“But here we are, and some people are still talking about one miss. I think about the trip to Sudan [in 2001] when no one gave us a chance; but we won 4-0 away at a tough ground. For the 2002 World Cup, I scored the goals to qualify us, only to be dropped for the tournament proper. Does anyone apologise for that? No, it must be that miss.
“How can they forget that you scored amazing, incredible goals? I’ve scored a lot of important goals so why bother about one that I missed? No one has thanked me for all the goals I scored for Nigeria, and no one remembers that I still scored 17 goals for Blackburn a year after [that miss]. It’s like doing good to someone, the day you’re unable to do what they expect you to do, they make you into a bad person. It’s crazy and very annoying.”
Beyond simply ensuring he is remembered in the proper light, Aiyegbeni is keen to insulate his family and protect his own mental health. His children are old enough now that they can understand the situation, and they find it amusing to rewatch that moment on YouTube. Inside the home, it is a source of many guffaws.
“My kids, especially my daughters, they watch my goals on YouTube,” Aiyegbeni said. “But whenever they see that miss, I become the butt of the joke. The last one – Katty – will say, ‘What? How did you miss that, Daddy?’ My friends and loved ones, we all laugh about that miss all the time.”
His family has suffered no overt bullying on his account, but the thought of that is an obvious source of concern, and is part of the toll footballers suffer with regard to their emotional and psychological health. Aiyegbeni’s hard-knocks upbringing on the streets of Benin City, Edo State, where he faced “harder guys than these online trolls and abusers” has given him a thick skin.
However, he believes people hide behind the criticism to mask their own insecurities and should be more conscious of the impact these comments have on professional athletes.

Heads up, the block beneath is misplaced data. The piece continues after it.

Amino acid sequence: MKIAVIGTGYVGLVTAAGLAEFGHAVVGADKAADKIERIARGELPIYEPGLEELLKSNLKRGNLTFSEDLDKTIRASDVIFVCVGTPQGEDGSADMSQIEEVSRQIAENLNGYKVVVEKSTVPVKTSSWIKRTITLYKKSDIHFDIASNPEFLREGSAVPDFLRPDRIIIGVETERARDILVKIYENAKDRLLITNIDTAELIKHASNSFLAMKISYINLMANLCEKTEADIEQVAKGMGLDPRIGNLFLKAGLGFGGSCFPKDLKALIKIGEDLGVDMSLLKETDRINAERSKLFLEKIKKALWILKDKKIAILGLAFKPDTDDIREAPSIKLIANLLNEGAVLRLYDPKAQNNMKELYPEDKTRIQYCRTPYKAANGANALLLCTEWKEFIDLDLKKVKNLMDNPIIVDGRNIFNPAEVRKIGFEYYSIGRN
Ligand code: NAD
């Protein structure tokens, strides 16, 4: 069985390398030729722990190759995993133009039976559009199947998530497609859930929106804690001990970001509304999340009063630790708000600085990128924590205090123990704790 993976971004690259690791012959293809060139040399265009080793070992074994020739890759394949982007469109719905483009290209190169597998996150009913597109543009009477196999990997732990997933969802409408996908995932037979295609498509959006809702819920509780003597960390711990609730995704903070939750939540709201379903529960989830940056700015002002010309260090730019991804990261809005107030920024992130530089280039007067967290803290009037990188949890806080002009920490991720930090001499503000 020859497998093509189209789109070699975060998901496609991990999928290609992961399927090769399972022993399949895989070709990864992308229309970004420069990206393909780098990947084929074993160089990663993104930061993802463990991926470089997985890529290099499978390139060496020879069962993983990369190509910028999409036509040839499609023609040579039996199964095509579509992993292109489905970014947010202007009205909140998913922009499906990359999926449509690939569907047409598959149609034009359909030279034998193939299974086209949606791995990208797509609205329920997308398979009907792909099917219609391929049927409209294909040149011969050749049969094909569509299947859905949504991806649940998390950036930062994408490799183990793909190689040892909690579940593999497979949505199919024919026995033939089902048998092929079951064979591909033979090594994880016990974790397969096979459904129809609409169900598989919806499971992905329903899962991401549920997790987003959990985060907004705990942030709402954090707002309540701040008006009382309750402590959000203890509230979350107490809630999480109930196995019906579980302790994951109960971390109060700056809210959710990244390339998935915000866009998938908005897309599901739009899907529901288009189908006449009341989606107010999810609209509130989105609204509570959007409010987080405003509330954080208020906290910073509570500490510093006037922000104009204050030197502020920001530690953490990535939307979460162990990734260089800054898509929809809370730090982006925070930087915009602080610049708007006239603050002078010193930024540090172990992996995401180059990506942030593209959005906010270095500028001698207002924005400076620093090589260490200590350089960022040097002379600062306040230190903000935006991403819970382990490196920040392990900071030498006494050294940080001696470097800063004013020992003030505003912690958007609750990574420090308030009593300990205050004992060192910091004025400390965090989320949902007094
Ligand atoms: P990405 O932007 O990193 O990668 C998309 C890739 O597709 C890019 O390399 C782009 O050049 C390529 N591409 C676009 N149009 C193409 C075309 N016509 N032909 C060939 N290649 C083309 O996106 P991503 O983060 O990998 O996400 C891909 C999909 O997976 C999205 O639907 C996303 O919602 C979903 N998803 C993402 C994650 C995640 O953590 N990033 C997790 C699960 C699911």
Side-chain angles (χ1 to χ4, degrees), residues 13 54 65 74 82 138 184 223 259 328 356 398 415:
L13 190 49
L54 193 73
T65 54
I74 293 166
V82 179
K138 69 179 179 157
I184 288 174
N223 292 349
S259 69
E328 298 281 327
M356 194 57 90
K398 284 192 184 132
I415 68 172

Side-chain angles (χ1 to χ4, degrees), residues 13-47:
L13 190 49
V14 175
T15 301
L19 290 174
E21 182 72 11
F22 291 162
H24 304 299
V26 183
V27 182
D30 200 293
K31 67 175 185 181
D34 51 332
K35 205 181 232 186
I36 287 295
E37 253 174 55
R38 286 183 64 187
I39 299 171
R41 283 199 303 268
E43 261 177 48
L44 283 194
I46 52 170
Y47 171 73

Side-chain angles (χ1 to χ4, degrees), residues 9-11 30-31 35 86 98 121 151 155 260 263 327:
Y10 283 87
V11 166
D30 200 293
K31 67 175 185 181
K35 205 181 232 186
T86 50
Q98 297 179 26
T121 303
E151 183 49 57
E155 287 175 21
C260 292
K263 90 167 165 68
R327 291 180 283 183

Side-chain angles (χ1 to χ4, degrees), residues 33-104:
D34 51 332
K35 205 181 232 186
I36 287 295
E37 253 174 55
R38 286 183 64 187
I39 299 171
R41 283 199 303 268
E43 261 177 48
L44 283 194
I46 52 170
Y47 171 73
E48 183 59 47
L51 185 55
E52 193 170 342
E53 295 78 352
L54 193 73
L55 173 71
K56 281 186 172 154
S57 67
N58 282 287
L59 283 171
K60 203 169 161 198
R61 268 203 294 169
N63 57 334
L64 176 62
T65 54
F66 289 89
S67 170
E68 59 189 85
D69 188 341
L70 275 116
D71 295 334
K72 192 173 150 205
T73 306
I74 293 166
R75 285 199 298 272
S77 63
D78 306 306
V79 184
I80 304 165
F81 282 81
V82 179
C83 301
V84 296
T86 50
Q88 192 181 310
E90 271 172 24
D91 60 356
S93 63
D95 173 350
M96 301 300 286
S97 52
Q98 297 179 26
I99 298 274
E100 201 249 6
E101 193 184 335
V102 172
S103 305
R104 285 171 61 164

“In Benin where I grew up it was a lot tougher, so why should stuff they say about a missed goal give me depression and anguish? They don’t compare to what I’ve dealt with growing up in life,” he said.
“Of course, I felt bad about it but it’s all part of football. It happens to the best footballers. You need to let go. If what people say to you gets to you then you have allowed one person or incident to define your life in their own words.
“When you miss a glorious chance and people still talk about it over a decade after, it makes you look like the bad person in your own life story. Some say, ‘We will never forgive you.’ Who are you to forgive? You need to first focus on the things frustrating you in your life. I refuse to be the bad person, or a man defined by a miss. The truth is that I’ve scored more goals for Nigeria, scored at the Nations Cup, the World Cup and for my club sides as well. You can’t take that away from me. Some players played international football and never scored at the World Cup. I am proud of what I achieved in my career and life.”
Wisdom of experience
For those with similar experiences, Aiyegbeni has sympathy, but also important advice.
“Most players would get depressed about stuff like this,” he said. “When you think of the vile insults – verbal and online abuse – it’s sad, but you just need to be strong. When things like this happen to you, always focus on yourself. Find positives from the other games you’ve played, and goals scored in your career. You cannot let one bad day ruin your entire career or get you upset.
“Some people can break and just give in to the trolls and online bullies, some might go to the extreme and shut things down to stop the noise. But not me. I remain one of my country’s all-time leading scorers, and that is what I am, not someone who will be reduced to mockery.
“2010 is in my past. For those who want to live in the past, they can remain stagnant. That is their problem, not mine.”
From the unforgettable highs, such as scoring twice for a 4-0 win away to Sudan in a World Cup qualifier and sitting fifth on the list of all-time African goalscorers in the Premier League with 95 goals, to the despairing lows, when he ruptured his achilles in November 2008 – Aiyegbeni is standing tall.
“On the list of African leading scorers in the Premier League, you now count [Mohamed] Salah, Didier Drogba, Sadio Mane and Adebayor and who? Yakubu, exactly. Remember, these guys even played for clubs competing for the titles. I was out for over a year in England because of an injury. Yet I got those numbers. I am always proud of myself. My family is proud of me. And those who are smart and honest enough will understand that there is more to Yakubu than a miss at the World Cup.”